The latest international economic trends analyzed by CEPII's economists

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Michel Aglietta
Yves-Emmanuel Bara
Maria Bas
Agnès Bénassy-Quéré
Antoine Berthou
Céline Carrère
Benjamin Carton
Matthieu Crozet
Christophe Destais
Evelyne Dourille-Feer
Etienne Espagne
Lionel Fontagné
Michel Fouquin
Jean Fouré
Julien Gourdon
Olena Havrylchyk
Colette Herzog
Sébastien Jean
Marc Joëts
Svetlana Ledyaeva
Françoise Lemoine
Stéphane Lhuissier
Valérie Mignon
Cristina Mitaritonna
Laurence Nayman
Marcelo Olarreaga
Gianluca Orefice
Jean Pisani-Ferry
Sophie Piton
Urszula Szczerbowicz
Fabien Tripier
Deniz Ünal
Natacha Valla
Guanghua Wan

Financial Innovation and The State: Lessons for 21st Century Climate Finance from the 19th Century Railways Era

Environment & Natural Resources 
Post, October 1, 2015
By Dipak Dasgupta
This paper seeks to bring a historical perspective to current global financial architecture issues on the speed and scale of climate finance needed to achieve a safer two degrees world. We look back in history to a similar episode for lessons: the financing and building of railroads in the 19th century.
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Sovereign debt restructuring: alternative solutions

Money & Finance 
Post, September 24, 2015
By Christophe Destais
The implementation of a multilateral mechanism for sovereign debt restructuring that the UN is calling for, is illusory. However, progress could be achieved in different ways: improving the contractual terms, introducing new clauses on automatic debt reprofiling and using the leverage of international funding.
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The exit from the U.S. zero interest-rate policy should be done gradually

Money & Finance | Economic Policy 
Post, September 18, 2015
By Stéphane Lhuissier, Fabien Tripier
Once again, the Federal Reserve has postponed the date of exit from the zero lower bound. We show that the pace of the tightening cycle matters more than the exact timing of the first interest rate hike for the macroeconomy.
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China: what are the motivations of the recent depreciation of the RMB?

Emerging Countries | Money & Finance 
Post, September 14, 2015
By Christophe Destais
The decision to change the exchange rate regime of the renminbi taken by the Chinese authorities at the beginning of August might be less a response to the economic downturn than a further step, against all odds, in a bold but risky financial liberalization agenda.
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Was the IMF right to come to the rescue of Greece in 2010?

Europe | Money & Finance | Economic Policy 
Post, June 30, 2015
By Christophe Destais
Back in 2010, the Eurozone countries insisted a lot that the IMF provides exceptional financing to Greece. They will be duly reminded when the reckoning moment has come.
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Structural reforms: why did the term become so "toxic"?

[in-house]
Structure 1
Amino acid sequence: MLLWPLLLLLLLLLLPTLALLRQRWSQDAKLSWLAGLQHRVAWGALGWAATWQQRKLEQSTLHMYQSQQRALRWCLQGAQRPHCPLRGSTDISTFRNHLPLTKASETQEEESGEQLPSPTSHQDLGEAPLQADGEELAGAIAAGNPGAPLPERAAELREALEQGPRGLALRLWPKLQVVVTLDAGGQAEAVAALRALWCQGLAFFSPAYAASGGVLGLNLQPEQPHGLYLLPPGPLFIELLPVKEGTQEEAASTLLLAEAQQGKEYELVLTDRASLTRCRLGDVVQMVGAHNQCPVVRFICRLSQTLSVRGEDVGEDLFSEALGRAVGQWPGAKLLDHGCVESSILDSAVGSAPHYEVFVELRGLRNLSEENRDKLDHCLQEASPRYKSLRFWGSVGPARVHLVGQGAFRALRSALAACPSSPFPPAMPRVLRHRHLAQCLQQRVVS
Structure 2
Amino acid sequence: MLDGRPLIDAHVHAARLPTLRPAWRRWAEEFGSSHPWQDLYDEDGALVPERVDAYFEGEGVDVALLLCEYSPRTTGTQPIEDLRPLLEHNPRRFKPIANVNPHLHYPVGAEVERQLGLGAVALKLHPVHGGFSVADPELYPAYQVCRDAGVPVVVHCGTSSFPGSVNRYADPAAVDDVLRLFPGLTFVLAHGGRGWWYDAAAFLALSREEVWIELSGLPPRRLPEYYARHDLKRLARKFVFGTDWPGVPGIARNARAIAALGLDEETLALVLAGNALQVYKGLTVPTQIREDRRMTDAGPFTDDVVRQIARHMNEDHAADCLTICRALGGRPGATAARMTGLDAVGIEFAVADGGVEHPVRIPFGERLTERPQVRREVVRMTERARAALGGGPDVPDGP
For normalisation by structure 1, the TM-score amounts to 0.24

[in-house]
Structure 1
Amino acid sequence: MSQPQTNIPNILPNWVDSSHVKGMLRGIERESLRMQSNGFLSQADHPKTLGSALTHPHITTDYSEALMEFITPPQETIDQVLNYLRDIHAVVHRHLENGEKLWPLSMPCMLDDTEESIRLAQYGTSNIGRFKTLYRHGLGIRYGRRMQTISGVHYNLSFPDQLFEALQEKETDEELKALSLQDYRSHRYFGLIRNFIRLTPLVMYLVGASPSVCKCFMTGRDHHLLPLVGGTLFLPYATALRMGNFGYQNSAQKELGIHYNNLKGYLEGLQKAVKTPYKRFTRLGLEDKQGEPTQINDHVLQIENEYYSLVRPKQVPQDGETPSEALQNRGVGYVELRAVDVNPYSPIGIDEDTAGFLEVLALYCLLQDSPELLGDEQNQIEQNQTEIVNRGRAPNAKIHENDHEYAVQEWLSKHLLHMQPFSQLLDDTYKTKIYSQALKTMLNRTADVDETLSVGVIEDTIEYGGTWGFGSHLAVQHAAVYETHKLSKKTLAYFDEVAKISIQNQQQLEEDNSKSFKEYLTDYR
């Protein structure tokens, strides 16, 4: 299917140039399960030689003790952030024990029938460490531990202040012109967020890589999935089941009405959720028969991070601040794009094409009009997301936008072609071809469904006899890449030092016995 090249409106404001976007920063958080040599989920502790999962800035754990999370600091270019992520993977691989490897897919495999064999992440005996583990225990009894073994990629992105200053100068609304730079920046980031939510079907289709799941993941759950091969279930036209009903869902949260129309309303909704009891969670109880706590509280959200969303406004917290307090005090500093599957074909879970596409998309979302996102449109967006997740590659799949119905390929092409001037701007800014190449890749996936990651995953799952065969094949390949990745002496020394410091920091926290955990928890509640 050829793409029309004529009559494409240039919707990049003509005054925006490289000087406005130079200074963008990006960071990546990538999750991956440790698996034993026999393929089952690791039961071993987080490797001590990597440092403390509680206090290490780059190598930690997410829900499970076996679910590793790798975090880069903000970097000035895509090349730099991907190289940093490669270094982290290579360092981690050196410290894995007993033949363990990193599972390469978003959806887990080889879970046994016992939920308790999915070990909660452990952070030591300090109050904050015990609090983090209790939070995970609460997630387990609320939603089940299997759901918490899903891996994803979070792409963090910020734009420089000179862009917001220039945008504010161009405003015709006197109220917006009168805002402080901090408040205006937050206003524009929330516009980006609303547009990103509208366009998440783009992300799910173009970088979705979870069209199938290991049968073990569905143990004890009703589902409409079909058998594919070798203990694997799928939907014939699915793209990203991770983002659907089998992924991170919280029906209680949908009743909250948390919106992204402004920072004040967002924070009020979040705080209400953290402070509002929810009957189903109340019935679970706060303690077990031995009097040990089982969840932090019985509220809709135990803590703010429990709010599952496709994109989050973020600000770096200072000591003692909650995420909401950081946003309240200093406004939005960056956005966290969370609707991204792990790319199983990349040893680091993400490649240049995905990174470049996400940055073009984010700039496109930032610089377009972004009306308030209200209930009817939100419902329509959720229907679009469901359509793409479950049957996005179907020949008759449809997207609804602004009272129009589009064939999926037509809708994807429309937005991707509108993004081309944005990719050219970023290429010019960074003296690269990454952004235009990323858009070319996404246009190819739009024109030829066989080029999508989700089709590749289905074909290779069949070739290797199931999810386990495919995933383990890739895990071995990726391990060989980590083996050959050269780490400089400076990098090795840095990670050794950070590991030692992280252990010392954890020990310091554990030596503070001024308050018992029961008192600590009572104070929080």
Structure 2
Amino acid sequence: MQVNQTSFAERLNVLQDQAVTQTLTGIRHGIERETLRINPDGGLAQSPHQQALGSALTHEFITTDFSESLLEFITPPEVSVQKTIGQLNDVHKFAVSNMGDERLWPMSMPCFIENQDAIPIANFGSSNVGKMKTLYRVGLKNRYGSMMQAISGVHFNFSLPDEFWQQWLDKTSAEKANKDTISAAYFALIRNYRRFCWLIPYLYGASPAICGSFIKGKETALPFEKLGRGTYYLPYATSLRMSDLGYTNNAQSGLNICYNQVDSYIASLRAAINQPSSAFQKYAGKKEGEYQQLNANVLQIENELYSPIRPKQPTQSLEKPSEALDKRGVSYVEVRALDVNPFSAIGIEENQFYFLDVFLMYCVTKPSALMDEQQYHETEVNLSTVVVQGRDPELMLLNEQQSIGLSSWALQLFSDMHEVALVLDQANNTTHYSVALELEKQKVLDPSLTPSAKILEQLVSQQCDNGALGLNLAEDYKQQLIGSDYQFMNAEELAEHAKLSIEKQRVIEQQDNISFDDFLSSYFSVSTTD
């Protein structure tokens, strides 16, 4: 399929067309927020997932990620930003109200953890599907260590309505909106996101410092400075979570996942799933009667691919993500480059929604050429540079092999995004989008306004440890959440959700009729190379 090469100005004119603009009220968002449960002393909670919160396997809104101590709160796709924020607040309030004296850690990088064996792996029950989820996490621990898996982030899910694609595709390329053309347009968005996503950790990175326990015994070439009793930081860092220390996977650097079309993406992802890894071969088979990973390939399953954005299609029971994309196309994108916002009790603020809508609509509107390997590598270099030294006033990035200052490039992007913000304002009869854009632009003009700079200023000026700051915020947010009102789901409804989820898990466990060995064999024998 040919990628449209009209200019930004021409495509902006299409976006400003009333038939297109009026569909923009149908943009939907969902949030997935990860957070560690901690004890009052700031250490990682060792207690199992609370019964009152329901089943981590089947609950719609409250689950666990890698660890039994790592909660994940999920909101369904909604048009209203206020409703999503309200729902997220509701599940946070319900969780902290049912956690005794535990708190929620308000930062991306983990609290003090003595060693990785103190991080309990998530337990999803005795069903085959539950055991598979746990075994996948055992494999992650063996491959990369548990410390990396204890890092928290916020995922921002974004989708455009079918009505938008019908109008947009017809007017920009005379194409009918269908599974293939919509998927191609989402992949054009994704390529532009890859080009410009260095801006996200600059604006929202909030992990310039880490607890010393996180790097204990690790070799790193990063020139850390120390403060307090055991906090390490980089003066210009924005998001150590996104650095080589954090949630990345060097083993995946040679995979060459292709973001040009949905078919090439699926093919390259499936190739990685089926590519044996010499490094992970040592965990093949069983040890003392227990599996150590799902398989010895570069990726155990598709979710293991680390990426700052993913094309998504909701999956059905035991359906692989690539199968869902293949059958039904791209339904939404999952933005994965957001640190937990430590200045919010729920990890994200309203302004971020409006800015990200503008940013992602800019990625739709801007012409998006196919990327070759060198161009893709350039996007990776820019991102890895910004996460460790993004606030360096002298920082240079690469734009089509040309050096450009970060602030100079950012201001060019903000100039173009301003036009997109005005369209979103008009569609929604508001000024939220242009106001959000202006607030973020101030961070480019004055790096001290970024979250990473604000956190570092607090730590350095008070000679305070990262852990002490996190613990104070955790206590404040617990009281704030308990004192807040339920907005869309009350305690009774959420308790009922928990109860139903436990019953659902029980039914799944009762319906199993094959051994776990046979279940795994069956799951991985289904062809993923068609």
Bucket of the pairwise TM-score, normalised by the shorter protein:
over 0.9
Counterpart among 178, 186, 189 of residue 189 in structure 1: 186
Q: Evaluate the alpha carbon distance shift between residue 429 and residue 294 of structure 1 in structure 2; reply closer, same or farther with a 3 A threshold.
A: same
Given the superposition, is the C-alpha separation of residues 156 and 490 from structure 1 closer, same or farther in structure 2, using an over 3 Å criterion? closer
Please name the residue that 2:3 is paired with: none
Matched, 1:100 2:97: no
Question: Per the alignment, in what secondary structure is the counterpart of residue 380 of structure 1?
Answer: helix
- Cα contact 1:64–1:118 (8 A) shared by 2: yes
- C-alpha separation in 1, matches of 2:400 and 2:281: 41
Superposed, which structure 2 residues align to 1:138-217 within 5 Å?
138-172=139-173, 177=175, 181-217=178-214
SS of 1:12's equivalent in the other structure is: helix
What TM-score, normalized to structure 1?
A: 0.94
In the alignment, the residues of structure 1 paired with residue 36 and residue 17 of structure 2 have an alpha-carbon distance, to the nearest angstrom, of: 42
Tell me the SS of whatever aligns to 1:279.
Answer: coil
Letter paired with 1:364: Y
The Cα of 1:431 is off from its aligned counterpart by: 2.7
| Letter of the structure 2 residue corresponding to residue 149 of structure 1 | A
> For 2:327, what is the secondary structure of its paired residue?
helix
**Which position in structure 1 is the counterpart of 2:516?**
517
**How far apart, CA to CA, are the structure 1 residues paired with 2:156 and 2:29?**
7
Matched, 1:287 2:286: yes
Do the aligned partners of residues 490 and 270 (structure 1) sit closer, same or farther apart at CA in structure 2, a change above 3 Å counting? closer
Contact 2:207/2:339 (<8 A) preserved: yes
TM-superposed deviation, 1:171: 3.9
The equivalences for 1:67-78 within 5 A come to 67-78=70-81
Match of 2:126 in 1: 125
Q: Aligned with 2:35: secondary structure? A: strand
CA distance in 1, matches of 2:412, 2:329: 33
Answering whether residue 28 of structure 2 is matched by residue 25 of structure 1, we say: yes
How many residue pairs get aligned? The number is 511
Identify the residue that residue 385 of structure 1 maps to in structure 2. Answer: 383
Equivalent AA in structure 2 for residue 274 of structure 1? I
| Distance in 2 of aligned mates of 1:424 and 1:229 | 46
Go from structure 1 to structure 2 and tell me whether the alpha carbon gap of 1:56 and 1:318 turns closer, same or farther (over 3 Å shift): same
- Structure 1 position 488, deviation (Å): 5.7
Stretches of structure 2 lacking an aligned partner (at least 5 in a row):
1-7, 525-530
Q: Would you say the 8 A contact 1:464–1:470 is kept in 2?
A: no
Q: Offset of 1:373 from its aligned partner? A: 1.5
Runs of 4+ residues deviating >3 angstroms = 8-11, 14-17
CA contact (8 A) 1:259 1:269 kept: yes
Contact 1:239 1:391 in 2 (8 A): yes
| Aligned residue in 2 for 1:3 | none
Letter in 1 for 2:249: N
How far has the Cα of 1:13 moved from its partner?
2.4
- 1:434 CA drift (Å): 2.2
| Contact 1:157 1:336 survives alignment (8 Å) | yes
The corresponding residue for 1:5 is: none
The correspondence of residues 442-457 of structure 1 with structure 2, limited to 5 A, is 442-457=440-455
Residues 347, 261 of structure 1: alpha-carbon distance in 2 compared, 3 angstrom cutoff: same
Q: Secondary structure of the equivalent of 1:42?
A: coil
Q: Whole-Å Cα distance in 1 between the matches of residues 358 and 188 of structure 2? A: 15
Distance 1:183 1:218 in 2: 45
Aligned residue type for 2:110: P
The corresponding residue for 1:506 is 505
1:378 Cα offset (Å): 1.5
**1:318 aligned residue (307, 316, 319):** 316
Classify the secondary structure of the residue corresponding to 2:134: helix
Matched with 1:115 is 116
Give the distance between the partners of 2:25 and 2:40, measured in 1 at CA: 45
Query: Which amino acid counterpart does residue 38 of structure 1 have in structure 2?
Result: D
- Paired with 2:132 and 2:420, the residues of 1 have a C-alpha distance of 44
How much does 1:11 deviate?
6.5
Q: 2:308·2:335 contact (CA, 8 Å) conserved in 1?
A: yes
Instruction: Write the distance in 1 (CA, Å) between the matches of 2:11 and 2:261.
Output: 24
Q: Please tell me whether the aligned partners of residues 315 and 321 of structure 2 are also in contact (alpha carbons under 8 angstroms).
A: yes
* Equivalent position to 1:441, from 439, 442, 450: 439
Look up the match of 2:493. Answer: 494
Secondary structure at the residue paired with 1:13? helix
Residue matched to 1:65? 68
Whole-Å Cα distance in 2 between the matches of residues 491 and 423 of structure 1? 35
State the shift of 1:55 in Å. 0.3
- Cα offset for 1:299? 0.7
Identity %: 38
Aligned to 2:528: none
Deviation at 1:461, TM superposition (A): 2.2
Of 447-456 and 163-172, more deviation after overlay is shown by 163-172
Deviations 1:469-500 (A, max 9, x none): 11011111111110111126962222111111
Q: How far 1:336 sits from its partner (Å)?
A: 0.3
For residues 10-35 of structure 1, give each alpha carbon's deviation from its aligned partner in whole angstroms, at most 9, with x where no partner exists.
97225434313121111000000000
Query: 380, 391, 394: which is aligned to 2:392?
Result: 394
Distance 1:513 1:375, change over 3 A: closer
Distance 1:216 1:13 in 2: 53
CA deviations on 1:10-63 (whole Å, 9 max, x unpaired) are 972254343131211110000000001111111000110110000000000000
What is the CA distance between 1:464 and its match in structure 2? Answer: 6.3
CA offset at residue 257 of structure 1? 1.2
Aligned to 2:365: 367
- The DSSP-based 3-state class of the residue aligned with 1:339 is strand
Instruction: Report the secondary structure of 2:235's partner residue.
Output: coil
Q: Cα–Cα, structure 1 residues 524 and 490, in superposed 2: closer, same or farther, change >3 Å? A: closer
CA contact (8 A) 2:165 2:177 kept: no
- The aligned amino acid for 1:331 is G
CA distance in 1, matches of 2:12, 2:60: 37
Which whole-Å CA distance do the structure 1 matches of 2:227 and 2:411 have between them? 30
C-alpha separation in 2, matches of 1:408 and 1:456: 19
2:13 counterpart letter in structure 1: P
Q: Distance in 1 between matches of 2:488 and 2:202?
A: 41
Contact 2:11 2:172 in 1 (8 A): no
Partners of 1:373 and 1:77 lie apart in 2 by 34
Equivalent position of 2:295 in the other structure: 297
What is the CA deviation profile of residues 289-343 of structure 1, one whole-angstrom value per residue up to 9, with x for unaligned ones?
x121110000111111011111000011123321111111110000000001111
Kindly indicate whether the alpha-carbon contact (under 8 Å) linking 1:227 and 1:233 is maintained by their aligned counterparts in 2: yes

Europe | Economic Policy 
Post, May 29, 2015
By Sophie Piton
From May 21 to May 23, the ECB organized its 2nd annual forum on Central banking. Mario Draghi's inaugural speech, as well as discussions on May 23rd, focused mainly on the need for structural reforms to strengthen growth in Europe.
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What could be Japan contribution to COP 21?

Environment & Natural Resources 
Post, May 28, 2015
By Evelyne Dourille-Feer
Europe was disappointed in the GHG emissions reduction proposal by Japan in the context of the COP 21: -25.4% between 2005 and 2030. Japan could nonetheless help move forward the climate issue by its technologies and original experiences.
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The Chinese game of Go in the international financial system

Emerging Countries | Money & Finance 
Post, May 12, 2015
By Christophe Destais
The rallying of major Western countries to the Asia Infrastructure Investment Bank provides yet another illustration of the relevance of the analogy between China's diplomacy and the game of Go aimed at placing pawns patiently to stifle one’s opponents and conquer territories.
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Volatility and uncertainty are not the same!

Money & Finance | Environment & Natural Resources 
Post, May 4, 2015
By Valérie Mignon, Marc Joëts, Tovonony Razafindrabe
Crude oil price volatility is often viewed as reflecting uncertainty not only related to the oil market, but also to the global macroeconomic environment. However, the question arises as to whether uncertainty is not likely to be at play without generating high volatility on the oil market.
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Back to the Great Moderation?

Competitiveness & Growth 
Post, April 30, 2015
By Stéphane Lhuissier
Following the largest financial shock since the Great Depression, modern industrial countries appear to be coming back to a moderate growth trajectory, as was the case for the last three decades.
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